SEXUAL HARASSMENT IN THE WORKPLACE: BENTON STRONG, once a spokesperson for former Seattle mayor Ed Murray, is the focal point of BuzzFeed report on how the Center for American Progress in D.C. failed to act when one of its own female employees brought a sexual harassment case in the workplace forward. 

Strong—who worked for the Center for American Progress shortly before he joined the city—had been accused by a junior female staffer known only as "Mary" that he sexually harassed her, which included sending her texts late at night saying he wanted to perform oral sex on her and making comments about her body, BuzzFeed reported.

In a statement to BuzzFeed, Strong didn't deny the accusations, apologized, and said the mistakes "helped me to grow and change in these last two years." After Murray's resignation, Strong took a job at the Seattle Office of Sustainability and Environment—and resigned after BuzzFeed contacted him and the city about its story.

With Jenny Durkan taking over the mayor's office, the timing worked out well for Strong when it had seemed like his lost position was part of a reshuffle.

Housing for all coalition sweeps head tax budget committee hearing oeddd3

Activists supporting more revenue for homeless services hold signs against the city's sweeps at a 2017 public hearing. 

HEAD TAX: SEATTLE CITY COUNCIL held a tumultuous public hearing on the employee hours tax Monday night. After a warning, council member Sally Bagshaw—over protests from Kshama Sawant—promptly kicked the public out of the council chambers when they began chanting, let them back in a handful at a time, and asked that they exit through the other doors separate from the rest of the public.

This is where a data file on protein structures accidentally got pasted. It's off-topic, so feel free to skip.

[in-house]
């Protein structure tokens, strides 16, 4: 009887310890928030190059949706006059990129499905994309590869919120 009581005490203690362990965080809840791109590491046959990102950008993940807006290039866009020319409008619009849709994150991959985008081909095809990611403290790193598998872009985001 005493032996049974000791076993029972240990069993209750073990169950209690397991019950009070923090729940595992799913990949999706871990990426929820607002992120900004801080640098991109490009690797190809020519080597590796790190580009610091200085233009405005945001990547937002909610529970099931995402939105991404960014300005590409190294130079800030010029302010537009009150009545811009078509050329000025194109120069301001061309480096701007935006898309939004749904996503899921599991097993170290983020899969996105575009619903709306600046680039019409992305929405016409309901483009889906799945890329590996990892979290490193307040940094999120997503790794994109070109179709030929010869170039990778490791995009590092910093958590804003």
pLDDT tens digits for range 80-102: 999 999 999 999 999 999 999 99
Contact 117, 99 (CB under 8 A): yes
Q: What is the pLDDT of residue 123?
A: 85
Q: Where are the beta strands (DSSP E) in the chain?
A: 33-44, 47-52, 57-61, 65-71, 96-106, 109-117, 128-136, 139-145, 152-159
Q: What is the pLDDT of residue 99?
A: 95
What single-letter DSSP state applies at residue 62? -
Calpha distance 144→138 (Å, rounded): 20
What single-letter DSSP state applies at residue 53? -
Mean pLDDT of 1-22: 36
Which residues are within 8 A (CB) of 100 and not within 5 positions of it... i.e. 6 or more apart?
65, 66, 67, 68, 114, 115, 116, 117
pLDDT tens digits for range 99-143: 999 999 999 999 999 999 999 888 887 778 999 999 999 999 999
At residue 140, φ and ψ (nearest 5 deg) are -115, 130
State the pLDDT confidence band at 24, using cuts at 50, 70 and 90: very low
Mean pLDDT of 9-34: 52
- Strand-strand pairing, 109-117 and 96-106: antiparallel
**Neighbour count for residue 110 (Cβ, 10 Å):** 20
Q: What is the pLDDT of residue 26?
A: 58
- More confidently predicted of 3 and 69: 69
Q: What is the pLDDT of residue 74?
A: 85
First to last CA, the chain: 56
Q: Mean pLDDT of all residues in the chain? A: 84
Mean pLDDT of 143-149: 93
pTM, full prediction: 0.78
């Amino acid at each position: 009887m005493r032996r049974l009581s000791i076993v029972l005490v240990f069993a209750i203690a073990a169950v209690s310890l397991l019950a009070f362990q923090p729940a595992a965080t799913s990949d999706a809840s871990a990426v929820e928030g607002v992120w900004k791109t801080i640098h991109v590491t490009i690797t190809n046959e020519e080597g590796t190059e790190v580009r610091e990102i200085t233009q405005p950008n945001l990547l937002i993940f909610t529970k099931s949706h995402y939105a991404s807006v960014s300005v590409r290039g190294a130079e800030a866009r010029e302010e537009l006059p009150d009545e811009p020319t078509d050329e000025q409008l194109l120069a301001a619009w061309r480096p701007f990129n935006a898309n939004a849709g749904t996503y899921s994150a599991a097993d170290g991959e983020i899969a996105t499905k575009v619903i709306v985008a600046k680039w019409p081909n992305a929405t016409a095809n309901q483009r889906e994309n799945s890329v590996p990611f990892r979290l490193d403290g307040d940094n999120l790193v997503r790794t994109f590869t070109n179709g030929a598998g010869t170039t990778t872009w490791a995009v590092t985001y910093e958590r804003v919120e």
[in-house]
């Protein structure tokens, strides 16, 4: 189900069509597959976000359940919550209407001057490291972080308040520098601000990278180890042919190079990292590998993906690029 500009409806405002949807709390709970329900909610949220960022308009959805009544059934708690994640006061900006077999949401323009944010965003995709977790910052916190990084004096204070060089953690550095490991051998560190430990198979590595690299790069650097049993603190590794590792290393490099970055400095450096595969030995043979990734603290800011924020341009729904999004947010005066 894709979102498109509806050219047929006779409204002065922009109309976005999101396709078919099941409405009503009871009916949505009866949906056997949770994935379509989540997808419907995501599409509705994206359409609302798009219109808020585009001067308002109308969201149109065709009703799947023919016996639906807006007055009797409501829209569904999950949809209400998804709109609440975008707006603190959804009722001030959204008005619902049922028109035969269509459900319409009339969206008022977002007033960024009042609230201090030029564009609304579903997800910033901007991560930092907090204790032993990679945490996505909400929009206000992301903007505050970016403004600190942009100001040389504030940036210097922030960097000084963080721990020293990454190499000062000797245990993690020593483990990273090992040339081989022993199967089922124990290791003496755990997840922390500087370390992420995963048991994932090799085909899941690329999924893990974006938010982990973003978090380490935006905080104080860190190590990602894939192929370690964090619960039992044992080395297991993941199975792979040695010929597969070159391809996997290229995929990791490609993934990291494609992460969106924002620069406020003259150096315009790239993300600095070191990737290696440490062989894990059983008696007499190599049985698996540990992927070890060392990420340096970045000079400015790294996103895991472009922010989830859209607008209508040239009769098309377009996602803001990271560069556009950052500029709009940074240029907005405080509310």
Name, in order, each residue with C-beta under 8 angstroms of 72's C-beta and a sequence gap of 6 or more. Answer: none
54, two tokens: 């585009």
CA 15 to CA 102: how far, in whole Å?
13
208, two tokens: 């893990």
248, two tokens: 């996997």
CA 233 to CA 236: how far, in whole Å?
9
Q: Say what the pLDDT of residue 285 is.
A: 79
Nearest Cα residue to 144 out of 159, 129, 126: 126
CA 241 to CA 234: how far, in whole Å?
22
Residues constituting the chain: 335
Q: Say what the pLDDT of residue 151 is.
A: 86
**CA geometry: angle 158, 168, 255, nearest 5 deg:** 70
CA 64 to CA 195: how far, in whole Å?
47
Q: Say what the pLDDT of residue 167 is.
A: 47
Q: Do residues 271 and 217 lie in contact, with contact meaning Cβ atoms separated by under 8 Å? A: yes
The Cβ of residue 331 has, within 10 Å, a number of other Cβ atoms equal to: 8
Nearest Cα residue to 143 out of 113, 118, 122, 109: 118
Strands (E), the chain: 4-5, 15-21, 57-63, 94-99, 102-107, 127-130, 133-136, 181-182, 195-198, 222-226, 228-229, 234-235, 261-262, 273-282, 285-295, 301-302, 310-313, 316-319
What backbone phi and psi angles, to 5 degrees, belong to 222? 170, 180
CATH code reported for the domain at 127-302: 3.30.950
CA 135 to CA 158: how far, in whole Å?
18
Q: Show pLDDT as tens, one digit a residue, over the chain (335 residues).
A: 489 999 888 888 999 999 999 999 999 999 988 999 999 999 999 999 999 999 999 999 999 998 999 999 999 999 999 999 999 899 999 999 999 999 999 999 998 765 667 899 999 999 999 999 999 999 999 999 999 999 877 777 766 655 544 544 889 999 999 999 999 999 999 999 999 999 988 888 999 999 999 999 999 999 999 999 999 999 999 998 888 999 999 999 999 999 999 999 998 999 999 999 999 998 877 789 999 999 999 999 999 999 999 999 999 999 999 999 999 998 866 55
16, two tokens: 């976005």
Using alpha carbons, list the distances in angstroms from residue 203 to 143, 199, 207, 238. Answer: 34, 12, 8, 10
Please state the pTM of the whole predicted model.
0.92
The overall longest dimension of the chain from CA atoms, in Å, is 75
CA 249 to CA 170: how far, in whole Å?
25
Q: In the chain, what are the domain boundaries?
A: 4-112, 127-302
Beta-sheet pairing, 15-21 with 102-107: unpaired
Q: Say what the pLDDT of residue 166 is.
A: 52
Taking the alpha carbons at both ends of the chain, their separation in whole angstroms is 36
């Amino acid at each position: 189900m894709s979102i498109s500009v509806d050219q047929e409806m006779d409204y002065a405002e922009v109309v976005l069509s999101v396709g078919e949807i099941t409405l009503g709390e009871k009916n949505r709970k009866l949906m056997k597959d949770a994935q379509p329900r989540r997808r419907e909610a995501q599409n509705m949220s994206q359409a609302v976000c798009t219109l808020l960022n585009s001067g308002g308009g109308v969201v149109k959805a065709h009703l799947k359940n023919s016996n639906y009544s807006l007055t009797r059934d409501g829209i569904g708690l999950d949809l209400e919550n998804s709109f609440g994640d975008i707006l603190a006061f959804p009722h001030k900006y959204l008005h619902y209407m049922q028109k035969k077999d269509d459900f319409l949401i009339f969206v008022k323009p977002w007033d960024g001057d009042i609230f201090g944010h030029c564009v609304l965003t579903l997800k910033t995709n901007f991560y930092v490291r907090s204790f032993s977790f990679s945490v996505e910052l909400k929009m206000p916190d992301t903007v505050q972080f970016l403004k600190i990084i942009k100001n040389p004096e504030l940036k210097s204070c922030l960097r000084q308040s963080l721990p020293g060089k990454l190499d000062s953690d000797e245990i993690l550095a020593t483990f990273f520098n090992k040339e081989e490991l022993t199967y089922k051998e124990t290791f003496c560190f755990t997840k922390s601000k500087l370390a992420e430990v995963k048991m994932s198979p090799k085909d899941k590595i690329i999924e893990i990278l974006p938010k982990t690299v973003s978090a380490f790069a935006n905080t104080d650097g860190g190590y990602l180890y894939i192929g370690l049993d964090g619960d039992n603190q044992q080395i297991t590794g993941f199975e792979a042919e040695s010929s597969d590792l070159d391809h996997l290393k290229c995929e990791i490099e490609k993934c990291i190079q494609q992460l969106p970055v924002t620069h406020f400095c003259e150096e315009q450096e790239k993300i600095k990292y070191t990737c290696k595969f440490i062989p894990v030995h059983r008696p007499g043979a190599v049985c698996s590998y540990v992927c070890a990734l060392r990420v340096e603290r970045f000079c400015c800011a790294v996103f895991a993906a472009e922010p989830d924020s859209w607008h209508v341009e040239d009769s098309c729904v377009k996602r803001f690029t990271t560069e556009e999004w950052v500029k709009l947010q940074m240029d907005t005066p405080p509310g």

This quickly backfired when those signed up refused to speak or give their testimony and demanded that the rest of the public be let into the public hearing. Bagshaw ended up letting the crowd back in after Lorena Gonzalez asked that they open the doors. 

"I am really genuinely interested in hearing from folks, even those that I disagree with," she said. "I can't in good conscience sit here and allow folks on the other side of the wall to feel like they were excluded." When the crowd returned, Lisa Herbold said that chanting was part of their First Amendment rights but asked that they not do it too long so they could get on with the testimony.

What did the public actually have to say? Here are some notable quotes on both sides: 

"Seattle is not a tax poor city. ... You have an opportunity to decide whether you want to make addressing this a priority with the abundant resources that you already have." -Seattle Chamber CEO and former Tacoma mayor Marilyn Strickland

"We're not really hitting the mark with $75 million. We need the revenue that represents that crisis. I know that a lot of small businesses struggle to just have the workers be able to afford to live in the city. This is a really important push for affordable housing." -Shirley Henderson, co-owner of Squirrel Chops in the Central District

"We're not a small business. We are a low-margin business. ... We would ask that you consider exempting all health care providers." -Lloyd David, executive director of the Polyclinic, who said the tax would make the Polyclinic choose between reducing care to underinsured patients or living wages

"We care deeply about this issue. ... This proposal exempts small businesses from paying the tax. It will not exempt small businesses from the impacts of this tax." -Jon Scholes, CEO of the Downtown Seattle Association

"This needs to happen. ... If we were to spend every penny perfectly, it would still not be enough." -Jon Grant, former city council candidate and ex-Tenants Union director

Saying this is a regional problem "is called punting. Our neighbors deserve better than that." -Tiffany McCoy, Real Change lead organizer